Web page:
• Learn where JSM is working well for employees and what improvements are needed. Ask employees what request types are most important to them, which ones they don’t understand, and which ones are irrelevant to their jobs. Review the last 6-18 months of utilization by request type, incident services, and other dimensions. Feedback is your primary tool for driving improvements. 
  • Simplify the number of portal groups and request types so that employees can easily pick one, even if it’s not the perfect selection. You can always reroute a ticket if it’s misassigned, but only if you received the request. 
  • Review the forms, especially for the most common requests, and see where there’s an opportunity to reduce to a smaller number of essential fields.  
  • Improve customer communications so that they are useful to end-users. JSM comes preloaded with ten request communications with basic default text. Top-performing service management teams improve on these basics by sending rich, contextual communications that end-users find helpful. 

2. Make it easy to open an incident ticket

Similar to managing requests, simplify the incident escalation forms so people can use them quickly and easily. No one wants to go through a long form to report an outage, and most IT teams can’t afford to have employees call, email, or knock on the door when systems are having performance issues.

Small organizations should reduce the out-of-the-box JSM configurations for urgency (critical, high, medium, and low) and impact (extensive, significant, moderate, and minor) to fewer options and consider relabeling them to improve business context. For example, in hospitals, manufacturing plants, and other places where there are human safety concerns, you might want to rename an impact called “life threatening” or “human safety concern” instead of generic language like “extensive.”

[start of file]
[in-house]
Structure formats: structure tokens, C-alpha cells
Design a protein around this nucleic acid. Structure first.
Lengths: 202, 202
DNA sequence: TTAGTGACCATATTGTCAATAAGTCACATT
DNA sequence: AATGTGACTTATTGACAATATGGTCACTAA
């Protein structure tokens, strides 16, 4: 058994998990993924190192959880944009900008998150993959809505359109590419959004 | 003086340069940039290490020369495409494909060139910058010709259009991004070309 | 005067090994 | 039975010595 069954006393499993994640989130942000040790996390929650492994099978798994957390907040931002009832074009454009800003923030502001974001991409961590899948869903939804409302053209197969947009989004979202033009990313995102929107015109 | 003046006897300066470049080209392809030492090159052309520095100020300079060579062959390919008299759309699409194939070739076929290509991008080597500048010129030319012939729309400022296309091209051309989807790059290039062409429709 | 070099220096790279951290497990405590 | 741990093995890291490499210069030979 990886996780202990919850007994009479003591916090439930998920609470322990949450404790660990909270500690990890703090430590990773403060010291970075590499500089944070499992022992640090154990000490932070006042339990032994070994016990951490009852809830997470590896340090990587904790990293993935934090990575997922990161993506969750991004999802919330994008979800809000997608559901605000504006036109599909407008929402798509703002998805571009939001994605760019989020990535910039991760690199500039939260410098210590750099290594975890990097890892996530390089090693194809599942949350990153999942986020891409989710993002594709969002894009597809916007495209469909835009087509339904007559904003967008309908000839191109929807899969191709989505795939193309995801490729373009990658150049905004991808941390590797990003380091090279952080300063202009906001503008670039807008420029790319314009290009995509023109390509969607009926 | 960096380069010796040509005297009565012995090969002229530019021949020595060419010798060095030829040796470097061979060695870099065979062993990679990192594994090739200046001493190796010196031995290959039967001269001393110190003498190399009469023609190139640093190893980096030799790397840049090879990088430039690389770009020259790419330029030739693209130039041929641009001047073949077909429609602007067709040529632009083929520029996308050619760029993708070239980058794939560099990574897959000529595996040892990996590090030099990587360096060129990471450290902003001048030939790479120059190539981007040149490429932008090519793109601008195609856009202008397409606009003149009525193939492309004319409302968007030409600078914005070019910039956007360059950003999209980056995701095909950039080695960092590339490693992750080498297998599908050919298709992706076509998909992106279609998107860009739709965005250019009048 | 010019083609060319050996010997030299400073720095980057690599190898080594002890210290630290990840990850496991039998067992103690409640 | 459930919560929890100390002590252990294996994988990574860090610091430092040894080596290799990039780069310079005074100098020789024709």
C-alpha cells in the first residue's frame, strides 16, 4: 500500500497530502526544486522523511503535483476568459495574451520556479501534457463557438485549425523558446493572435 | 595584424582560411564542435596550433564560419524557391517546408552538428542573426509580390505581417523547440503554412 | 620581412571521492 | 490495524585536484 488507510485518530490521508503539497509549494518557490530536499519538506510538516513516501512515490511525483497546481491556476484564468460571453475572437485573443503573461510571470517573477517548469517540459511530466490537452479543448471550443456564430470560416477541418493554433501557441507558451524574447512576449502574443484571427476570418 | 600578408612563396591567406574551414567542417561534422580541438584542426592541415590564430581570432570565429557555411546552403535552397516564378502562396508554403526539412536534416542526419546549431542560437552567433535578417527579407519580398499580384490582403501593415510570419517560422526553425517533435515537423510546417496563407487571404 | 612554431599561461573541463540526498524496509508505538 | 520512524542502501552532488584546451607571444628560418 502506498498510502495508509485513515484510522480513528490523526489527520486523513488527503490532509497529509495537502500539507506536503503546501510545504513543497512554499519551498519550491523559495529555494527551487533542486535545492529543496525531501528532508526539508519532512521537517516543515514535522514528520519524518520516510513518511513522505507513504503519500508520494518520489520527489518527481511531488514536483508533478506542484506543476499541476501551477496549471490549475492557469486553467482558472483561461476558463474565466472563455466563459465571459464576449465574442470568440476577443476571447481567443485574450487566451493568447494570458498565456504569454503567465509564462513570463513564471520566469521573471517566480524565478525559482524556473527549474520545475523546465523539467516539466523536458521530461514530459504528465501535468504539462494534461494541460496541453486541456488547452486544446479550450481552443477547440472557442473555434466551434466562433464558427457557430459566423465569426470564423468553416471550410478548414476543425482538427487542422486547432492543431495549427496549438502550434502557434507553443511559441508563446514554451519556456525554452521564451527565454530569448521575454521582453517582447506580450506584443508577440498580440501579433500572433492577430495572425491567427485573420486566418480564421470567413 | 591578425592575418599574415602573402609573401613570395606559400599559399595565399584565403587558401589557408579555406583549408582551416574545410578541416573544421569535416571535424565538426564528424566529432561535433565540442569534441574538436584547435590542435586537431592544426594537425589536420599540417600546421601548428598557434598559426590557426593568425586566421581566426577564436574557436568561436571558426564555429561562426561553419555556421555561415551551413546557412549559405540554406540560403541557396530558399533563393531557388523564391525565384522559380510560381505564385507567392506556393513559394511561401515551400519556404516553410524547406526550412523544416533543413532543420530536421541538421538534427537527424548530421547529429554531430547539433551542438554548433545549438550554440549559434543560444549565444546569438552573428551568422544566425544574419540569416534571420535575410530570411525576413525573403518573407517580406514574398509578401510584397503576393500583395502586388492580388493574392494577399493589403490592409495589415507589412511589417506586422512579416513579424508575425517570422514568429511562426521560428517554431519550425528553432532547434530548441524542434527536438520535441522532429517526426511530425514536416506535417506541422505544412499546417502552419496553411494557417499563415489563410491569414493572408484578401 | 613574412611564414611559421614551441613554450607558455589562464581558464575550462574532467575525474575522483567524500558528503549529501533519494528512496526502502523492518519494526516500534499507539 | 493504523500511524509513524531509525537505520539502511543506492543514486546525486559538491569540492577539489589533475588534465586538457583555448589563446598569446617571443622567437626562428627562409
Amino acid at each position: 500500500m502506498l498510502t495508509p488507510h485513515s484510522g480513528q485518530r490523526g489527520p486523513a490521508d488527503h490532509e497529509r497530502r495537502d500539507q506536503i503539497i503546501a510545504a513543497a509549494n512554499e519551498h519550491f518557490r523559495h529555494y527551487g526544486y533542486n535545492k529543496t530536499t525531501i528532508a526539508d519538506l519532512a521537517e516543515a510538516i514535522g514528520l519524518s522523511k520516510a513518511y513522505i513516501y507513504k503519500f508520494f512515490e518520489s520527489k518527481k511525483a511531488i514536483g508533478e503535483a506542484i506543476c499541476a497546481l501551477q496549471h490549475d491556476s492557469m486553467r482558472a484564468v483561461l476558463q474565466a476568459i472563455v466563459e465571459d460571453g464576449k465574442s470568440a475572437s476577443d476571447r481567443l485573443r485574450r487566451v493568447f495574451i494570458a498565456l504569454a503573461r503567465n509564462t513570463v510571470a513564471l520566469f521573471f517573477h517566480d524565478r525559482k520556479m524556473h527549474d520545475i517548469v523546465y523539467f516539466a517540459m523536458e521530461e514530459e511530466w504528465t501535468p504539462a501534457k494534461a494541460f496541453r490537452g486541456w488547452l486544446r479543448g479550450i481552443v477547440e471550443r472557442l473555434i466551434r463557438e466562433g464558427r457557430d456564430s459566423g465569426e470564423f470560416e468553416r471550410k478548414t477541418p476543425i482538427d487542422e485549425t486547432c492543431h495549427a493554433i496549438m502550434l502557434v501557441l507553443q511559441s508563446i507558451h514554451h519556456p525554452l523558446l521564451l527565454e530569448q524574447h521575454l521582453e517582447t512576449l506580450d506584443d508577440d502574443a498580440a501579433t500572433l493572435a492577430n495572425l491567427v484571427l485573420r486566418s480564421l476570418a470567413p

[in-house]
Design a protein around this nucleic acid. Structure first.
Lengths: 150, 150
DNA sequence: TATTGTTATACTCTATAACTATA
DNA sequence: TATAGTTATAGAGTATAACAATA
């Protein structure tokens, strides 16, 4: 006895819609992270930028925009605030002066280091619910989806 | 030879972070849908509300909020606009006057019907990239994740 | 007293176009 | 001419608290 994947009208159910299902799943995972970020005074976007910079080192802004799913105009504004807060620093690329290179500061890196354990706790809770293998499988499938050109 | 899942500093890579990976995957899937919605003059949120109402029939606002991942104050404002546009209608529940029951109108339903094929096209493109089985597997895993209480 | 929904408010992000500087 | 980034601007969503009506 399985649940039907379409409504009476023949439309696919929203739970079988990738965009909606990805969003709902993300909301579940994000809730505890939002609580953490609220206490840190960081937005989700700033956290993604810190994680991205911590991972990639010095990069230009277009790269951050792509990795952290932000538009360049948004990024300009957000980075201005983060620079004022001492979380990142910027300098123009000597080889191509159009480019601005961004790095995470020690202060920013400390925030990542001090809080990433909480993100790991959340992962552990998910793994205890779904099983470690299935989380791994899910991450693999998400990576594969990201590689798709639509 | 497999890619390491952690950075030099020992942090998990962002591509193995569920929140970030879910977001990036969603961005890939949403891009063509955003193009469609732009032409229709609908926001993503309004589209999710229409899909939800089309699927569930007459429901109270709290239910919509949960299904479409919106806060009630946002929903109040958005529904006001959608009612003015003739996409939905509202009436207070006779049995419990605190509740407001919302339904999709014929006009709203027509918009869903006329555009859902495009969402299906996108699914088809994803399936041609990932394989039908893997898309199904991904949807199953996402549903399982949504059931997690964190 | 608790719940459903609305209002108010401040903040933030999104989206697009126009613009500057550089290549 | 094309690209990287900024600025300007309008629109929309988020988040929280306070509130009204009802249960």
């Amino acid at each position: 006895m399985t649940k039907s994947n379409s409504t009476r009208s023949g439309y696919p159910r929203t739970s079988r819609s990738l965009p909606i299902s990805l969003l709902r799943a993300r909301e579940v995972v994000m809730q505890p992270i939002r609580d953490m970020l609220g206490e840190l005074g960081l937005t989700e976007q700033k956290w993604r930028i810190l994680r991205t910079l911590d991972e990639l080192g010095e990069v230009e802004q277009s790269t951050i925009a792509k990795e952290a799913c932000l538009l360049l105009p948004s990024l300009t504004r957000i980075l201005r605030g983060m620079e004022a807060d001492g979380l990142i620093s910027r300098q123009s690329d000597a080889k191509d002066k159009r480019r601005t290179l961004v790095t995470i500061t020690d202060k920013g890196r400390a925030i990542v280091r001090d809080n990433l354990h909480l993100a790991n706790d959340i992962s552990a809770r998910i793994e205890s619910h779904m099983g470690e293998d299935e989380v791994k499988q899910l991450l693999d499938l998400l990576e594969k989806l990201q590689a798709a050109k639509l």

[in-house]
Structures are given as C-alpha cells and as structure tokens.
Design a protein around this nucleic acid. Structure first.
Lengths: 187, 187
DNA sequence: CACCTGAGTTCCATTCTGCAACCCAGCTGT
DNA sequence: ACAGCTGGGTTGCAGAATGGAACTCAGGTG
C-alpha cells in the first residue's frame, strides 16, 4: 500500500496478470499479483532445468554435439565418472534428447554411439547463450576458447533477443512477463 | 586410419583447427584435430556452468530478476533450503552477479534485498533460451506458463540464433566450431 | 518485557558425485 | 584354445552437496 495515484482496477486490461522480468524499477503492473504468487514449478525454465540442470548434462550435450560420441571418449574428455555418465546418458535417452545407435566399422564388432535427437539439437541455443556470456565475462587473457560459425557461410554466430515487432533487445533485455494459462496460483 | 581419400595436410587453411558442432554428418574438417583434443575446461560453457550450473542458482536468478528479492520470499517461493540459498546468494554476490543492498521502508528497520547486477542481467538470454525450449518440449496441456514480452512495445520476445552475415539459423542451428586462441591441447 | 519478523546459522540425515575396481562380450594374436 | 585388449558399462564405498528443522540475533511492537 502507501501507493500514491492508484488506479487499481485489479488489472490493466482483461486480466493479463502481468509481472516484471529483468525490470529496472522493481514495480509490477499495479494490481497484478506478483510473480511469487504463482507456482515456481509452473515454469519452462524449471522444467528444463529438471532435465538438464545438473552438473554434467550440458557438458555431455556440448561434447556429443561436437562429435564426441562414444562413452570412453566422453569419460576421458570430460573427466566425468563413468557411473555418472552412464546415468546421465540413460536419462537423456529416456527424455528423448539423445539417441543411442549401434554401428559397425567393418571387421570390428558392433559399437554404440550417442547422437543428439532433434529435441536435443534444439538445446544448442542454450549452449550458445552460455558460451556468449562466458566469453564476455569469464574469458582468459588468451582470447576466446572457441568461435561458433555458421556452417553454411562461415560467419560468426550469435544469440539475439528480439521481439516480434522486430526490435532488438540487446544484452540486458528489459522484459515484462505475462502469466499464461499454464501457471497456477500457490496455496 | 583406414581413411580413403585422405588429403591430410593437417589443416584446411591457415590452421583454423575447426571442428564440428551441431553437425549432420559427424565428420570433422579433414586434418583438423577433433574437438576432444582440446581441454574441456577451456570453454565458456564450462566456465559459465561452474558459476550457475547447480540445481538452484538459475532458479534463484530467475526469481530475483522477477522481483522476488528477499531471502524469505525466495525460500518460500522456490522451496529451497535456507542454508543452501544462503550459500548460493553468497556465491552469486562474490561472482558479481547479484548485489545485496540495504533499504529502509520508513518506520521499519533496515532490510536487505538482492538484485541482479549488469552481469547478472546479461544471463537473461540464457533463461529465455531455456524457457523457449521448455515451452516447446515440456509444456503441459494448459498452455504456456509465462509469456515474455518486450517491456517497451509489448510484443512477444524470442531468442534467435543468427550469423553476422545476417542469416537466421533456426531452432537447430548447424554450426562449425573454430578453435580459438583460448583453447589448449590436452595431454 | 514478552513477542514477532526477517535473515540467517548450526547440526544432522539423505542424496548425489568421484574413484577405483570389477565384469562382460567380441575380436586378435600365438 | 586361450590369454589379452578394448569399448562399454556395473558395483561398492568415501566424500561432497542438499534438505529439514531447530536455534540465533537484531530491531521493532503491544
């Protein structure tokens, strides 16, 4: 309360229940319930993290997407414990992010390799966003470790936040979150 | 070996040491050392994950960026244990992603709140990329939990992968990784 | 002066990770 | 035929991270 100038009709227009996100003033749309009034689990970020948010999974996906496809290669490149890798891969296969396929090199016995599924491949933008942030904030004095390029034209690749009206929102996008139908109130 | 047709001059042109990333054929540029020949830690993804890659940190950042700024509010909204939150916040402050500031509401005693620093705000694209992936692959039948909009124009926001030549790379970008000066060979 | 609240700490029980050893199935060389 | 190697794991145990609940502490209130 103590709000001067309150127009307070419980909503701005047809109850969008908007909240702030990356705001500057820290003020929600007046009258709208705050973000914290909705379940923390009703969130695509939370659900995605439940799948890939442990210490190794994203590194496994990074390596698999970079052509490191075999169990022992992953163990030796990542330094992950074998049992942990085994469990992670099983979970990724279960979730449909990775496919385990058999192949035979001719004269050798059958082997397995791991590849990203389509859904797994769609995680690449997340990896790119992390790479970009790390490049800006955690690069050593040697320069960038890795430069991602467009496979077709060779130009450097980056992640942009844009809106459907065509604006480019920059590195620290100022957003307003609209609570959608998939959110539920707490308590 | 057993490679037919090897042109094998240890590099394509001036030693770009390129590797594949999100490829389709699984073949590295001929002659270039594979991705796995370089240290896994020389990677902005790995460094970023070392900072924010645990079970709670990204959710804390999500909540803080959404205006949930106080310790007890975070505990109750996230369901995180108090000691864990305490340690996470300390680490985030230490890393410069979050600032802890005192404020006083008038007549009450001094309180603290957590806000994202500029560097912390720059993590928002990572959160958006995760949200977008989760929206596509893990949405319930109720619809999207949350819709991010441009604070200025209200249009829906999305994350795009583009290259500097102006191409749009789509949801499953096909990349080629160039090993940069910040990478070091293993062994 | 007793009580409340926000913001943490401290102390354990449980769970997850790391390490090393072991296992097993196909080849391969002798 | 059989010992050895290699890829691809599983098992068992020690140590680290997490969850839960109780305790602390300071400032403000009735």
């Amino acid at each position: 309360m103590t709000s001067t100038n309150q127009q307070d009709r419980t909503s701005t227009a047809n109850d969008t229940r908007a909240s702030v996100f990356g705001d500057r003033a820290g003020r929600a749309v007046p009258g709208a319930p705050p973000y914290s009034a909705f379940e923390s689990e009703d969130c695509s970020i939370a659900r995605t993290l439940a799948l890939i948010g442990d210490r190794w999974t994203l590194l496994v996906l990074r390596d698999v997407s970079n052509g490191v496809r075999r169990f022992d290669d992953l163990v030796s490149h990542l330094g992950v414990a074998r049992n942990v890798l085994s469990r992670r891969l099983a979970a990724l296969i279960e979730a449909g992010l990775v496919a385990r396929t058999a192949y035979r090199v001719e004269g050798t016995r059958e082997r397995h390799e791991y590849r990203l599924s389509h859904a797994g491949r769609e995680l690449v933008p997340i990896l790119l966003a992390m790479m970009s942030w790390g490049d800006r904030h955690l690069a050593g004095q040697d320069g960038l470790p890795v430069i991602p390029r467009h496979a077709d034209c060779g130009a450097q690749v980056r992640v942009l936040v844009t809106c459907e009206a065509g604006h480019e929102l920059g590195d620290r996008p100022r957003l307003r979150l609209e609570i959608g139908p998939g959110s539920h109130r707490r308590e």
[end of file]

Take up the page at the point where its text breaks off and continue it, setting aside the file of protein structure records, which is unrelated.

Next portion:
A second recommendation is to connect incidents with services. If there are only a few services in JSM and Opsgenie and they are in business-friendly terms, add the “Affected services” field to incident forms. This field should create enough starting context to route the ticket to the right people, who can then follow up and capture the most useful details   


3. Configure operations based on a path of fulfillment

Keeping a few simple request types and service definitions enables IT to redefine its operations based on efficient fulfillment flows. For example, incident SLAs for response and resolution times can be configured to match the business requirements for each service, and automations can assign requests based on portal groups and request types. Thus, cleaning up the request types and service configurations enables efficient workflow and useful automations.

The simplified taxonomy also helps when there’s an opportunity to consolidate off of another platform, such as ServiceNow or Cherwell. Instead of porting their configurations into JSM, ITSM leaders can reapply a simplified fulfillment model in JSM to new teams and the systems they support, transitioning from these other systems. 

Learn more details about cleaning up, reconfiguring, and prioritizing JSM improvements in the webinar, 5 Ways to Improve Business Agility By Cleaning Up Your ITSM Tools


Isaac Sacolick, President of StarCIO, guides companies through smarter, faster, innovative, and safer digital transformation programs that deliver business results. He is the author of the Amazon bestseller, Driving Digital, and his new book, Digital Trailblazer: Essential Lessons to Jumpstart Transformation and Accelerate Your Technology Leadership. Isaac is an industry speaker and blogger at Social, Agile, and Transformation. StarCIO offers three agile planning courses for stakeholders, teammates, and certified StarCIO Agile Planners